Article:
At the end of the first day of this ordeal, we were standing around joking when a doctor pulled us aside. He gave us a stern lecture that started out with, "I don't think you understand the gravity of this situation." He then proceeded to explain to the two of us (rude boys) how it was unlikely our mother would survive. Out of courtesy, I didn't get into this guys face although I wanted to. What we did do was explain we have our own way of handling stress. My brother and I both understood our actions were our way of relieving tension, the doctor did not. He judged us unfairly. But that is irrelevant. He is free to think as he sees fit. Fundamentally, I view Suzanne Davenport as the counter-part to the doctor, unable to understand that people have different ways of handling stress.
I'm afraid Suzanne Davenport, that you will be subjected to many more fits of anger before life is over. People are curious about tragedy. Humans are frequently rude and won't play by your rules. People sometimes do things like take photos of accident victims and then publish their content on the Internet, excited that they have something morbid to share. This is life. I don't like it, I have to live with it.
And before anyone accuses me of being uncaring, I stopped visiting Facebook because of similar acts that I considered atrocious. A person from my circle of acquaintances had published a fight video that appeared in the news feed they share with everyone. The person on Facebook who posted this then proceed to talk up the video in how they were proud to be the same gender and race as the "supposed" victor. The people commenting joined in and talked about one of the people in the video in a racist way (argue the point, but when you call someone "that white woman", it is racist just as much as any other usage. Did I like the video or the comments? No, I too, had a fit of anger. Could I do anything about it? Other than try to be manipulative, there as little I could probably do other than explode like Suzanne Davenport did. So to some extent, I am being hypocritical. I know that but the key difference between Suzanne Davenport and myself is that I ultimately acknowledged the core issue is mine, not someone else's. Like Suzanne Davenport, I can't make the perpetrator(s) stop. Sure, I can tell them I don't like what they did or are doing, but that's the extent of my power. They will neither listen nor care because to them, they're actions are clearly acceptable. My moral are not their morals. I wonder if Suzanne Davenport could fathom the difference?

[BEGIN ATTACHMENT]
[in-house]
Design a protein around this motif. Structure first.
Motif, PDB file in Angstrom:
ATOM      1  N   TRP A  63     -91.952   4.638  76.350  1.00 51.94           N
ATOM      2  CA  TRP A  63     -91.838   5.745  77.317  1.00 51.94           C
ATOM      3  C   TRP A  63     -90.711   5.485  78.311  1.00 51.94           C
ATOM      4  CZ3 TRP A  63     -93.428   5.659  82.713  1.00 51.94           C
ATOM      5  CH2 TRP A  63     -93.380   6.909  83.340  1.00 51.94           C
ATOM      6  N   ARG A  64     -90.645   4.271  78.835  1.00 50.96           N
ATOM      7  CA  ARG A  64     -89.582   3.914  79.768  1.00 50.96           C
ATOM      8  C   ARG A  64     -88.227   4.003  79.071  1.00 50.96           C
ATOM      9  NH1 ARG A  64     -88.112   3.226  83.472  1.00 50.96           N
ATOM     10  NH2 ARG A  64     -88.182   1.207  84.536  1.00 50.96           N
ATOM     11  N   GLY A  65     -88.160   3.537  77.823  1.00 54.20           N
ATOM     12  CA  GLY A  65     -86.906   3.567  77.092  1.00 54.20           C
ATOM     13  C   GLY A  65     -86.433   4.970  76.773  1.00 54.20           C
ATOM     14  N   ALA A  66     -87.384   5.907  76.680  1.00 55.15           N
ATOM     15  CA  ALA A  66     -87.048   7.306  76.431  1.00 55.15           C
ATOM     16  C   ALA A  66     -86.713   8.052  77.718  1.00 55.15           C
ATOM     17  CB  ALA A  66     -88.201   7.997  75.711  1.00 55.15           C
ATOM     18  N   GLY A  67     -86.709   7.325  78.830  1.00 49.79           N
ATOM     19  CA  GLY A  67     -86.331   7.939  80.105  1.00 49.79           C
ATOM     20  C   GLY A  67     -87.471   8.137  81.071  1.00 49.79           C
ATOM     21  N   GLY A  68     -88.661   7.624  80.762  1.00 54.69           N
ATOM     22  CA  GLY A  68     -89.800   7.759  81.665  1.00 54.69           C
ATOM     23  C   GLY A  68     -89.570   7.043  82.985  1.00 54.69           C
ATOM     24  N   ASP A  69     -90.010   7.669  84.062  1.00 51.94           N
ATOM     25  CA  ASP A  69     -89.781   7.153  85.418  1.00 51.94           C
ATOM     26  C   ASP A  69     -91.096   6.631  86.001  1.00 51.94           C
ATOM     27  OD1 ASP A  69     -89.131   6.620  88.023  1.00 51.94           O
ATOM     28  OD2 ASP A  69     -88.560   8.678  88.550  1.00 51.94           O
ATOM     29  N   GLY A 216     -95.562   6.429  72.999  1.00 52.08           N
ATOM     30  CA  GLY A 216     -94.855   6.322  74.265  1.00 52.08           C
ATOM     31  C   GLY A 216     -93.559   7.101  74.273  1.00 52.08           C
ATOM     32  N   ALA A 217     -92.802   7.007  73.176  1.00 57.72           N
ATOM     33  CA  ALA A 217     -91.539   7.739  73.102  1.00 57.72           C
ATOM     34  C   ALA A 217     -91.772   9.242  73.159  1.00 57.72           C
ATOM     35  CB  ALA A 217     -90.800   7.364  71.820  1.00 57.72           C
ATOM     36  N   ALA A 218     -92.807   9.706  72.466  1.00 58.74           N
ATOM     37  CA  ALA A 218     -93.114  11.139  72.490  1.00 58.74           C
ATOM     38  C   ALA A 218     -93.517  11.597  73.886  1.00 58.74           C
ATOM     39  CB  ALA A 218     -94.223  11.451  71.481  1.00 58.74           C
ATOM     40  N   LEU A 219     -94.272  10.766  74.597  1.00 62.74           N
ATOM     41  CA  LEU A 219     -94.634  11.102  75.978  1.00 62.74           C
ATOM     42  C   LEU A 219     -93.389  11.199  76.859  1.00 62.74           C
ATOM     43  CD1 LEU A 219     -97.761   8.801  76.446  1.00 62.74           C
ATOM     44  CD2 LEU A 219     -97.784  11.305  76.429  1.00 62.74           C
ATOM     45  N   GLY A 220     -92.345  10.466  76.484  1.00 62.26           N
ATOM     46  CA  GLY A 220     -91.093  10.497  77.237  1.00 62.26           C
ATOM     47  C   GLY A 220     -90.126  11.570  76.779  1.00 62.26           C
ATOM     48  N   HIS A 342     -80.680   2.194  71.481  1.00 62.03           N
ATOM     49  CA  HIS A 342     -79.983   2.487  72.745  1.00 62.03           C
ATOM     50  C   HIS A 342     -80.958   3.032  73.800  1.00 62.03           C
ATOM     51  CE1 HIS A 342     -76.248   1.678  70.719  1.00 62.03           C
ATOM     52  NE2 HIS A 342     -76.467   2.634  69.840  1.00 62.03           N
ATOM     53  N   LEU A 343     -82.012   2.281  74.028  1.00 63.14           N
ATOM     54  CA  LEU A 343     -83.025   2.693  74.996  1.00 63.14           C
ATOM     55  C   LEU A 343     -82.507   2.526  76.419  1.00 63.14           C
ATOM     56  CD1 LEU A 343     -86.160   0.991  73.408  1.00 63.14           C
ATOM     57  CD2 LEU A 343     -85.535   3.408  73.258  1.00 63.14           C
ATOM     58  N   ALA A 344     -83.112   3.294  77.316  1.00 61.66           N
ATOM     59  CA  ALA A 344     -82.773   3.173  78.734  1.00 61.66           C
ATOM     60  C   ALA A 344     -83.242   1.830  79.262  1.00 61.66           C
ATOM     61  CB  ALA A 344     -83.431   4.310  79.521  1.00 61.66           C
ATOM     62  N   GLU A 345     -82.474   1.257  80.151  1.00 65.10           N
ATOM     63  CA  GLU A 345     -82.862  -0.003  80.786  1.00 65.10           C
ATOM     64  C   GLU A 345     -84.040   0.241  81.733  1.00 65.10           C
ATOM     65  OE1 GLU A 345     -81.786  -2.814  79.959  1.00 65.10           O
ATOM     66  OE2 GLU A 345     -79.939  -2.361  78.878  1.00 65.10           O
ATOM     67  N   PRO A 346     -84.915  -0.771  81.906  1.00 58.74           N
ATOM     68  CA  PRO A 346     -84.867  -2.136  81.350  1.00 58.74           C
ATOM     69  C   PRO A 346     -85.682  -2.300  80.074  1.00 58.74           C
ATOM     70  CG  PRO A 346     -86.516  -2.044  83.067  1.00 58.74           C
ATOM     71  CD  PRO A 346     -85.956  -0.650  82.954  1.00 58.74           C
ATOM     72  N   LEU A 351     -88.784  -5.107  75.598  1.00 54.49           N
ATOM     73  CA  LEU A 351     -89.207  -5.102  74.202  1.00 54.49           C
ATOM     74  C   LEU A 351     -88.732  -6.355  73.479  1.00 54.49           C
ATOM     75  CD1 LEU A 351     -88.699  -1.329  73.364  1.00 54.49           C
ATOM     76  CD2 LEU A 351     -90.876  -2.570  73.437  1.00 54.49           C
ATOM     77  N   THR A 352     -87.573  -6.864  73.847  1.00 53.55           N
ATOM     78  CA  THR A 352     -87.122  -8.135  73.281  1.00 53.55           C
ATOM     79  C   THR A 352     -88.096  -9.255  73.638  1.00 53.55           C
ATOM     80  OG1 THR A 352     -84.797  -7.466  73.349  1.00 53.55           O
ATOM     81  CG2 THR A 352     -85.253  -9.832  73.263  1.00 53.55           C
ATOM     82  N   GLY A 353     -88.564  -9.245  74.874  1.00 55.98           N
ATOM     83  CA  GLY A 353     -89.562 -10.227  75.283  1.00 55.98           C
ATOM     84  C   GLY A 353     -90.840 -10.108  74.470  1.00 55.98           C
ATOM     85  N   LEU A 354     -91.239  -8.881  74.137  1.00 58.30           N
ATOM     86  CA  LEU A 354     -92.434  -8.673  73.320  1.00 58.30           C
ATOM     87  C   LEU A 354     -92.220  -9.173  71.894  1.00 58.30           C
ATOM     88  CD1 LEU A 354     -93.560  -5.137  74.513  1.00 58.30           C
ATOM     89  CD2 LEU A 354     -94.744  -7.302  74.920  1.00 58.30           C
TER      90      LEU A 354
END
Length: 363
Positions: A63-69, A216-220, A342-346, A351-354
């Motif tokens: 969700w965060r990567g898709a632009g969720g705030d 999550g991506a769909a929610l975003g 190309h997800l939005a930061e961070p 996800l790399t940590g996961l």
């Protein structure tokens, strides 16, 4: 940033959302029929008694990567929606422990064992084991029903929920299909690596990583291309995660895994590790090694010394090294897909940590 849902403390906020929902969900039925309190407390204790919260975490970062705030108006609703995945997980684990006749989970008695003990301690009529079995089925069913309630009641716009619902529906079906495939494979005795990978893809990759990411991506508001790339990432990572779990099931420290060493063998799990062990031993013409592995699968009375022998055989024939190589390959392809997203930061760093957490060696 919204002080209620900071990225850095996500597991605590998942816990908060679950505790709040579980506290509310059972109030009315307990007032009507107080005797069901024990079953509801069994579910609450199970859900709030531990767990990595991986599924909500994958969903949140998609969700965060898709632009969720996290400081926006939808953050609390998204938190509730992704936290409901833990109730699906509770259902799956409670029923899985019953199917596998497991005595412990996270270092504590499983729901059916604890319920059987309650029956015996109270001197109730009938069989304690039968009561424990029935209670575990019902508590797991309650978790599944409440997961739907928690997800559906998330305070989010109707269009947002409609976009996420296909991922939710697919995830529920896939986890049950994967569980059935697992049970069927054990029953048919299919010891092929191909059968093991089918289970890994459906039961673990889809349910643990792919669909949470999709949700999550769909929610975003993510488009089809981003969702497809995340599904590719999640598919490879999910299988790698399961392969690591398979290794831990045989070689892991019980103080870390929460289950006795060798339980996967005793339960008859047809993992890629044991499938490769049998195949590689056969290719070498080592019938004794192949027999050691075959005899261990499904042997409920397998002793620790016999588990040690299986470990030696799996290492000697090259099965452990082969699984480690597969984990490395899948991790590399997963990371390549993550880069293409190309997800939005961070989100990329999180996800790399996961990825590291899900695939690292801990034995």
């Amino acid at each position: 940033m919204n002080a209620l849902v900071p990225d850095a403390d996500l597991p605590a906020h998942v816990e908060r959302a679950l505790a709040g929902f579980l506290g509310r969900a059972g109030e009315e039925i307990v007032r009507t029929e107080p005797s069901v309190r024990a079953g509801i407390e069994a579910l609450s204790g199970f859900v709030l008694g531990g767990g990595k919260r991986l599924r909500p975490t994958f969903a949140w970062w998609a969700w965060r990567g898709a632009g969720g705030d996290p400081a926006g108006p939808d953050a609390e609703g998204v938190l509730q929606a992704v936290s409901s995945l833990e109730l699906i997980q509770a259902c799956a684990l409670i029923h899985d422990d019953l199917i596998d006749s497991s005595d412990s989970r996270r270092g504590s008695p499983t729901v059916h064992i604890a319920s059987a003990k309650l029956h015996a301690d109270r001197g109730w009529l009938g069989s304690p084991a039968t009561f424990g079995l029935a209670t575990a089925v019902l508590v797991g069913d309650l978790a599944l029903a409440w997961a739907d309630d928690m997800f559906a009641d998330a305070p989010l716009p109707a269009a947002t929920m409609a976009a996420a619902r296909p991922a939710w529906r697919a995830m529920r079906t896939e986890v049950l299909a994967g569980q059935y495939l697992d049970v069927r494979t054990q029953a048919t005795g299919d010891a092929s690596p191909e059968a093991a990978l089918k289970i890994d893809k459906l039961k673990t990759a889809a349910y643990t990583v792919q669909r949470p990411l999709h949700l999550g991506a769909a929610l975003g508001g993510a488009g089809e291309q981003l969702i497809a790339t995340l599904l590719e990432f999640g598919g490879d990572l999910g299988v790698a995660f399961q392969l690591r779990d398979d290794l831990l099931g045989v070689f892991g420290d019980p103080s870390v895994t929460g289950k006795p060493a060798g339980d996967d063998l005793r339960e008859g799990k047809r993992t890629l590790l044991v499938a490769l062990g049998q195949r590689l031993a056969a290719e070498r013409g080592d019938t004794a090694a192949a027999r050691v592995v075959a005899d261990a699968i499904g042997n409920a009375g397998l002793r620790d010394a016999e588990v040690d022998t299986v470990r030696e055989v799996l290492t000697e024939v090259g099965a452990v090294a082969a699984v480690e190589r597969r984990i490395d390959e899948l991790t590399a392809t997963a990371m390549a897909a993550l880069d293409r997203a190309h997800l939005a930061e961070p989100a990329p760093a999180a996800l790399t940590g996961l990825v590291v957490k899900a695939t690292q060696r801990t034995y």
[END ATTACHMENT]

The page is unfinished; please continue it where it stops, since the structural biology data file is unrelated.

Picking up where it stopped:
So while my posting this rant is hypocritical, that too, is part of life. Our beliefs and actions sometimes contradict. And I also understand it is me, not Suzanne Davenport who is responsible for my anger. External force(s) act as a stimuli (or stimulus) that I can choose to react to in different ways. That is where my choice exists.